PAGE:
I was part of three marriage celebrations a couple of days back, even though I was not invited to any. It was one of the most auspicious days and Patna was chockfull of marriage processions escorting the bridegrooms to their nemesis. Anyone else who happened to stir out of his house, even for some quotidian purpose like visiting a friend or meeting a relative, was bound to run into one or the other.
I hit the first Barat somewhere near the R Block and was immediately co opted as an uninvited- invitee. Of course no direct invitation was extended; it was one of those modes of communication where gesture functions as language. The Barat straddled the entire width of the road and those who were following it were regaled-obliged to be regaled – to the spectacular fireworks on display. Nobody wanted to know whether I was related to the parties to the celebration, no one sought to know my caste, whether I was a Hindu or a Muslim was of no concern to them. But they wanted me to be part of the celebrations for as long as it suited them. After they had impressed me enough, they let my car pass and others similarly lucky and lined up behind me. A few hundred meters down the road, I ran into another one, just a little short of the new Patna Club. Portly ladies draped in heavily brocaded saris and ungainly men, crated in lounge suits and other formal wear were equally determined to have me as a part of their Barat even though nothing spectacular was going on. My misery was short lived but the worst was reserved for the last.
Just before taking a turn to my destined location, I hit another one. Its sociability was not only obtrusive; it was brazen. An orchestra was mounted on a truck and a singer was belting out popular numbers. In the general revelry, one particular dancer as if driven by some unconventional source of energy went on and on. Currency notes were pinned on him and from that distance I could not miss the outmoded notes as well. He seemed to be prospering by the minute just as my anxiety was rising with the time ticking away on my watch. So near and yet so far! I did reach disheveled and distraught an hour and forty minute late. And so I guess this was the common plight of all those who were similarly trapped.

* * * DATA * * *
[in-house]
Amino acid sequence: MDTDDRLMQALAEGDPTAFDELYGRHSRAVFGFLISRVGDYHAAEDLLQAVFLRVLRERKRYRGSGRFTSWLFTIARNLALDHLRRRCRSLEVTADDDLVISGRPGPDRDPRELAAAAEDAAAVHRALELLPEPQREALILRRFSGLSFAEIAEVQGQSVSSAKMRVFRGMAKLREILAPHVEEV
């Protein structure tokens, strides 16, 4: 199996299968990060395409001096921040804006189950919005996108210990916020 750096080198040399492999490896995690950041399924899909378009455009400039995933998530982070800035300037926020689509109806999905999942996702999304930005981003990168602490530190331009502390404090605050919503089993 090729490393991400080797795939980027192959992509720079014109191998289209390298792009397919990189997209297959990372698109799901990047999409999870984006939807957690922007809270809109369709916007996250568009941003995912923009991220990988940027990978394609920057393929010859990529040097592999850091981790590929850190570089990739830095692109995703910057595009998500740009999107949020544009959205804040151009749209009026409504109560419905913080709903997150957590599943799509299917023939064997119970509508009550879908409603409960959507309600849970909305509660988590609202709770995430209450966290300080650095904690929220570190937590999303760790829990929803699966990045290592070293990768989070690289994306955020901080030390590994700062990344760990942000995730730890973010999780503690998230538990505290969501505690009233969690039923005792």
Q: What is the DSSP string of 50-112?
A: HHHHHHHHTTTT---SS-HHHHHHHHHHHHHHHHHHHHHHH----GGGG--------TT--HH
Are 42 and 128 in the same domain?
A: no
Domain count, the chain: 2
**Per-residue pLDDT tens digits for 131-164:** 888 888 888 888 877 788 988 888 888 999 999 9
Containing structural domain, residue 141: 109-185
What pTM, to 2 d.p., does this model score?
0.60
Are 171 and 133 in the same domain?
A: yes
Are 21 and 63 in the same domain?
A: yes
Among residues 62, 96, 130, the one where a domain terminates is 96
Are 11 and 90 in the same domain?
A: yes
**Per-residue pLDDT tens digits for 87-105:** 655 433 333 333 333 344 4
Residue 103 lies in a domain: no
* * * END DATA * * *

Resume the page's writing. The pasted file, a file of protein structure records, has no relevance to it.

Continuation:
Tomorrow or day after the dancer, the murderer of other people’s time, will also be standing in the queue for exchanging his outmoded currency notes before some bank or the other and his time spent in the queue would be a subject matter of national mourning. Top opposition leaders would thunder in the parliament at the poor suffering masses who will constitute our dancer as well. The rich harvest of sympathy would perhaps lighten his load of queuing up that much.
But what about us, poor humble senior citizens who plan every outing with great care, crowding as many engagements as possible in one; the unknown, unsung, undifferentiated, amorphous mass of people, neither poor nor rich, whose time is wasted almost on a daily basis? Bundhs, morchas, traffic jams, striking groups, marriage celebrations, mourning processions, religious ceremonies, protests against religious bigotry, roads being repaired, roads being dug, a broken vehicle on a narrow bridge, a demolition programme by the corporation, and of course Gandhi Setu, the eternal symbol of inexhaustibility of time and the patience of Biharis; we are culturally conditioned to rob people of their time.
I guess all the opposition political parties are planning to have a bundh throughout the country to protest inconvenience to poor people and waste of their time. And the only mode of protest they know is to murder more time of more people, by causing them more inconvenience, dislocations and disruptions. Sadly our politicians only know Homeopathic remedies.